‘DHIMMI’ POPE cozies up to Sunni imam who clashed with former Pope Benedict over Muslim violence against Christians

The meeting came five years after the Cairo-based Sheik Ahmed el-Tayyib, grand imam of Al-Azhar, froze talks with the Vatican to protest alleged anti-Islam comments by then-Pope Benedict XVI.


AP  The meeting occurred five years after Al -Azhar suspended talks with the Vatican after tensions mounted during the reign of then-Pope Benedict XVI. The now-retired Benedict delivered a speech in 2006 in which he was perceived to have linked Islam to violence, sparking deadly attacks on Christians.

Benedict had demanded greater protection for Christians in Egypt after a New Year’s bombing on a Coptic Christian church in Alexandria killed 21 people. Since then, Islamic attacks on Christians in the region have only increased.

Pakistani protestors hold banners and chant slogans against recent statements by Pope Benedict XVI about Pakistan's blasphemy laws,
Pakistani protestors hold banners and chant slogans against recent statements by Pope Benedict XVI about Pakistan’s blasphemy laws

Al-Azhar has shown himself over the years to be anything but a preacher of peace, cooperation and mercy: he has justified anti-Semitism on Qur’anic grounds; called for the Islamic State murderers of the Jordanian pilot to be crucified or have their hands and feet amputated on opposite sides (as per the penalty in Qur’an 5:33 for those who make war against Allah and his messenger or spread “mischief” in the land); and broken off “dialogue” with the Vatican after Pope Benedict XVI dared to criticize the jihad massacre of 21 Christians in Alexandria on New Year’s Eve 2011. Al-Azhar was also revealed to be offering free copies of a book that called for the slaughter of Christians and other Infidels.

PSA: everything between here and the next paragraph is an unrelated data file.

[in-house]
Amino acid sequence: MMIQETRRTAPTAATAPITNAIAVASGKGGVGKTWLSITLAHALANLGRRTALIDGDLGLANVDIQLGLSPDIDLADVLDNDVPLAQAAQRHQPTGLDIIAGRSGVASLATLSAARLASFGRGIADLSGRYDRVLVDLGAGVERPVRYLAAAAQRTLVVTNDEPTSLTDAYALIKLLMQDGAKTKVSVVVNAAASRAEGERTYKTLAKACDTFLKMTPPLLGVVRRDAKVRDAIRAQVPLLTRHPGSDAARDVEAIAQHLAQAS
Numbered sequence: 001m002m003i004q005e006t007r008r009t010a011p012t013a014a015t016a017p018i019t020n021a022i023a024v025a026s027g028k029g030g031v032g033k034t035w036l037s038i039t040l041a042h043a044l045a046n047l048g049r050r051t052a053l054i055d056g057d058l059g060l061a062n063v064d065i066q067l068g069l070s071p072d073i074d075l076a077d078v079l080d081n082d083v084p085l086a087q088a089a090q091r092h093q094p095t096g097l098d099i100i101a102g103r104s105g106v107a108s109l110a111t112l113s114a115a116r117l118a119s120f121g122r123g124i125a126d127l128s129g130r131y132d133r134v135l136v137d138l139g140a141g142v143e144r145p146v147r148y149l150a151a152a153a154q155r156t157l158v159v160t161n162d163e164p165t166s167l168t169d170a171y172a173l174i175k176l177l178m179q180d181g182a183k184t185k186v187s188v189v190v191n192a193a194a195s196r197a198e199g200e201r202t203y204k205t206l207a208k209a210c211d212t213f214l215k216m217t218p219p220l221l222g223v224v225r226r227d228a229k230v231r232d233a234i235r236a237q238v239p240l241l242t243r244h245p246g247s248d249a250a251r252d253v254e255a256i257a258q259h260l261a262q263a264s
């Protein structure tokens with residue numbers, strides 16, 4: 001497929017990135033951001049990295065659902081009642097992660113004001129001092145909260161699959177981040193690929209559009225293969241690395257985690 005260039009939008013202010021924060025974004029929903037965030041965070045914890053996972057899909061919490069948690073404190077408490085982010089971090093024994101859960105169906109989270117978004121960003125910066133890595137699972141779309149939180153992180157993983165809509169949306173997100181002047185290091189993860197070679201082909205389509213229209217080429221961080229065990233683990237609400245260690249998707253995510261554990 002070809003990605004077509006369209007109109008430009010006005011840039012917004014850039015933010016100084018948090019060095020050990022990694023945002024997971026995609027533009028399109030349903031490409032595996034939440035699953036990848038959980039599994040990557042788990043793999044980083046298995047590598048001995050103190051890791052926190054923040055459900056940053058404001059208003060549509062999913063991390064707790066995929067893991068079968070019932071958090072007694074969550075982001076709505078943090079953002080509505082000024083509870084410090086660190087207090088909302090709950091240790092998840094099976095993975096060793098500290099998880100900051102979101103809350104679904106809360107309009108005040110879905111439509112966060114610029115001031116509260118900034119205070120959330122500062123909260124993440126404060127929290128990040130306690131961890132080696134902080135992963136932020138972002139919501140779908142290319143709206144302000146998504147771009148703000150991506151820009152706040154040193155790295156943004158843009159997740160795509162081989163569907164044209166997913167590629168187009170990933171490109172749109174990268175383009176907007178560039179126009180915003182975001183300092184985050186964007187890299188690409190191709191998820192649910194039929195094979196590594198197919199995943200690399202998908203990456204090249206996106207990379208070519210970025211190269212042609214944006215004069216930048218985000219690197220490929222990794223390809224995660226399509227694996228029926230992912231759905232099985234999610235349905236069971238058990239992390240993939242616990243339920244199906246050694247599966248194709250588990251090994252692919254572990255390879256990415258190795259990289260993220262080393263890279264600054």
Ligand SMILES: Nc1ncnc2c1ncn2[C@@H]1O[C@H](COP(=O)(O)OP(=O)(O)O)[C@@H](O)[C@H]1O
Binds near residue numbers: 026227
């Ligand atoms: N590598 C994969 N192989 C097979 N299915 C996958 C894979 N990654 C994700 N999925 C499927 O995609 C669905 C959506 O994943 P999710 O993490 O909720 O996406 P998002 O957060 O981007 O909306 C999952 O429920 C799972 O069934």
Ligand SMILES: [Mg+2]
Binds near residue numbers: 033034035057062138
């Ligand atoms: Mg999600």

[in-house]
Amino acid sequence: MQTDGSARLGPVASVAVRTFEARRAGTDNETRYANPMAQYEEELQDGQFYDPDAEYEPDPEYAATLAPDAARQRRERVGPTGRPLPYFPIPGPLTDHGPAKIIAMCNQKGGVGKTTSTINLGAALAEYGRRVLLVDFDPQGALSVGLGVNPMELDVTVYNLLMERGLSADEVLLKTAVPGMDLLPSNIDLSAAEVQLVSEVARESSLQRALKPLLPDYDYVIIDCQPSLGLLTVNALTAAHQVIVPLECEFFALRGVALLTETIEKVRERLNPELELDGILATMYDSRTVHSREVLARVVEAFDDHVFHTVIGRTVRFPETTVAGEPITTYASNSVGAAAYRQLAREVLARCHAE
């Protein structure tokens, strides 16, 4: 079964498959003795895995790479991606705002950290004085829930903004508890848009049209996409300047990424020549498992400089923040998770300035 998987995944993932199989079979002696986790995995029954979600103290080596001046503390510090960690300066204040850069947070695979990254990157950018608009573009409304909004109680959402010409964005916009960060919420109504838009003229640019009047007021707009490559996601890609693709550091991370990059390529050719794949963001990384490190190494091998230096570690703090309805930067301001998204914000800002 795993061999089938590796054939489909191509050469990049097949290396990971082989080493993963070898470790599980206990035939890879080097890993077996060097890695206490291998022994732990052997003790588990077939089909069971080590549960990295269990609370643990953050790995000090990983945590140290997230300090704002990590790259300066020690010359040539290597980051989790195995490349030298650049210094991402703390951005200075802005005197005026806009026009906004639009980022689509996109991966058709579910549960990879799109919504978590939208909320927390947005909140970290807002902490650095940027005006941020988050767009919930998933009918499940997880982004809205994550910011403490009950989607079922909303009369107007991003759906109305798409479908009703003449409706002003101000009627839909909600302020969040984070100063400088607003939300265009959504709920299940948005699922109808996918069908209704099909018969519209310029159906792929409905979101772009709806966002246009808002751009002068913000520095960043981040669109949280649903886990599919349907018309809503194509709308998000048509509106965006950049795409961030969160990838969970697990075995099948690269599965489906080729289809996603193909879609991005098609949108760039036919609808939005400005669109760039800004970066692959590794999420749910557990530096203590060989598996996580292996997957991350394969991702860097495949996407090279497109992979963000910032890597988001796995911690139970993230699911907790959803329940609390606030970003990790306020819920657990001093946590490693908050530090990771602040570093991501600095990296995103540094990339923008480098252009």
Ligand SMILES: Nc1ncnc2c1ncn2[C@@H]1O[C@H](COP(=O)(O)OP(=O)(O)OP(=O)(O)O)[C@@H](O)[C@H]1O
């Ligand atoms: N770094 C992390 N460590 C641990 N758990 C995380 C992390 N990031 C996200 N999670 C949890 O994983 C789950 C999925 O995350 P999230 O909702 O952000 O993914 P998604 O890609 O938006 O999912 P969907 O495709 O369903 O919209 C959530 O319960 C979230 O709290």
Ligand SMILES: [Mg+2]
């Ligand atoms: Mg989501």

El-Tayyib sent a message of congratulations to Francis upon his 2013 election and said he hoped for renewed cooperation. Francis responded, and has made clear over the course of his three-year pontificate that relations with Islam are a top priority.

In a recent interview with the French Catholic newspaper La Croix, Francis took a conciliatory line toward Islam, saying “I sometimes dread the tone” when people refer to Europe’s “Christian” roots.


“It is true that the idea of conquest is inherent in the soul of Islam,” he said. But he added that Christianity, too, had its “triumphalist” undertones. “It is also possible to interpret the objective in Matthew’s Gospel, where Jesus sends his disciples to all nations to Islamic jihadists” (who are killing tens of thousands in their  quest to create an Islamic caliphate around the world)

He added that when looking to the causes of Islamic extremism, it is better to “question ourselves about the way in an overly Western model of democracy has been exported.”